It also seems likely that, without Redick’s 17.3 points per game in the lineup, the Sixers will have to lean more heavily on Joel Embiid and Ben Simmons for scoring. But while those two are always front and center, Redick’s injury means Bayless will shift into the spotlight.

Markelle Fultz still 'hesitant' with his shot

Markelle Fultz still 'hesitant' with his shot

CAMDEN, N.J. — Markelle Fultz was clutch today. No, not in a game situation. But he delivered when Sixers coach Brett Brown ratcheted up the pressure on him.

“Today, six times I put him to the free throw line and say, ‘Hey, Markelle, if you make it, you keep it. If not, it’s the other team’s ball. It’s 92-91.’ And he goes 5 for 6, and he looked good doing it,” Brown said.

Brown explained after practice Wednesday he’s trying to put as much pressure on Fultz’s shot as possible in a practice setting. He said that while he likes what he’s seen from Fultz recently in practice, he doesn’t feel the rookie’s shot is ready for NBA action yet.

“He looks good,” Brown said. “You can see why he was the first player chosen. Stuff he does with the ball, his ability to get into the lane and find people. The hesitancy at times we see with his shot is true, it’s real. He can still impact an NBA game without having to shoot, he really can impact an NBA game without having to shoot.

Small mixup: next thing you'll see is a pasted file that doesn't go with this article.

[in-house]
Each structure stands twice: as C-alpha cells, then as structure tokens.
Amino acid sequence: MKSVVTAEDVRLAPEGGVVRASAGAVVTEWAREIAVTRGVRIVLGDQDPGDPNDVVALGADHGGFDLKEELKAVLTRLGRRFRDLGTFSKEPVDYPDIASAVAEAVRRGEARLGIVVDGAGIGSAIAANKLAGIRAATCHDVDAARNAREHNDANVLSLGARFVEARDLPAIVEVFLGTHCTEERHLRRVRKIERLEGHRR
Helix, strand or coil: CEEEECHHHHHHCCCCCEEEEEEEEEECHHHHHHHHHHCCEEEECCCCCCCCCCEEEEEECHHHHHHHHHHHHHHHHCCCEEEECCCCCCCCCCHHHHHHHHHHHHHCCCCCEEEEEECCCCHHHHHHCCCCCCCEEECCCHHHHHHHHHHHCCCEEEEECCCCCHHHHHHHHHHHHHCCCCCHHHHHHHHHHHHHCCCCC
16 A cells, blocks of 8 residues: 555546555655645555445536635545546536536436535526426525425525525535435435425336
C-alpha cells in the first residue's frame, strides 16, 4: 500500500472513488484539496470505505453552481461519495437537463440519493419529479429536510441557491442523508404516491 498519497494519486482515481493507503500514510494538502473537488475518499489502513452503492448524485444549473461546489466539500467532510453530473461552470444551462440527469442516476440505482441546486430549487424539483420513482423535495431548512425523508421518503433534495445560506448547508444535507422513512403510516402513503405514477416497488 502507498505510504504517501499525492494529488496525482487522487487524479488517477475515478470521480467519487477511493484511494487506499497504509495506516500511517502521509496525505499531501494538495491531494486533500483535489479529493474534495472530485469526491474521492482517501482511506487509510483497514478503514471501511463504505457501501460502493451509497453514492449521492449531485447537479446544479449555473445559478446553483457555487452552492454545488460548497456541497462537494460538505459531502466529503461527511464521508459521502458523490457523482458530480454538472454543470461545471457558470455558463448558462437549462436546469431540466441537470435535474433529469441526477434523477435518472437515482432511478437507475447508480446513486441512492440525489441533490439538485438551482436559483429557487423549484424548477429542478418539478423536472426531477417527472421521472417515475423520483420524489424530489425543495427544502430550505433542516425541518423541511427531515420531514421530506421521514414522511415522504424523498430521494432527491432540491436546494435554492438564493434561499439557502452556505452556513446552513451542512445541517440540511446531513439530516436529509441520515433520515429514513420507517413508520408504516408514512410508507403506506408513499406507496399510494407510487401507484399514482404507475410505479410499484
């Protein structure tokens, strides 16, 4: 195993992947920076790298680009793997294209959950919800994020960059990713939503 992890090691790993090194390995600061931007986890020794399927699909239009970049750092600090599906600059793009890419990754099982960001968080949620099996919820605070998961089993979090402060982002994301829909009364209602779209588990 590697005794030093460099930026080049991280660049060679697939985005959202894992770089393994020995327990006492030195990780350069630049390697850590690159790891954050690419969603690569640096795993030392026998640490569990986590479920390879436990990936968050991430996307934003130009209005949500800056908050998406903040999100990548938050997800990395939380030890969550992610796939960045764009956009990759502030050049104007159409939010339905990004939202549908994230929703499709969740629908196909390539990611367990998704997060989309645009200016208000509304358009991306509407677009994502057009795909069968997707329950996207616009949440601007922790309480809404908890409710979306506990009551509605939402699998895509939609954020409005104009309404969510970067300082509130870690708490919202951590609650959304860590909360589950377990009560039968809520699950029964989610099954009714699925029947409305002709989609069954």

“And so that doesn’t make him whole, though. It doesn’t make him whole. So finding what that next step is where he can go into an NBA game and feel more whole than he currently does, is the next timeline of, ‘OK, well when does he go play?'”

How “whole” Fultz needs to be to return to action appears to be subjective. One encouraging sign is Fultz’s free throw form, which appears hitch-free. Fultz shot 6 of 12 from the foul line in his four regular season games prior to being shut down, with a bizarre tilt of the head to the left and a long pause right before releasing the ball. Those issues weren’t visible when Fultz shot free throws after practice.

 

However, the Sixers don’t want Fultz back if he’s still hesitant to shoot jumpers, as Brown acknowledged. The Sixers are taking their time with the rookie — Brown confirmed they’re not going to rush his return because of JJ Redick’s left knee injury (see story). Instead, Brown will continue to have Fultz run the point for the second team at practice, and continue to try to coax Fultz into regaining full confidence in his shot.

In other injury news, Richaun Holmes will miss a second straight game Thursday night against Boston with gastroenteritis.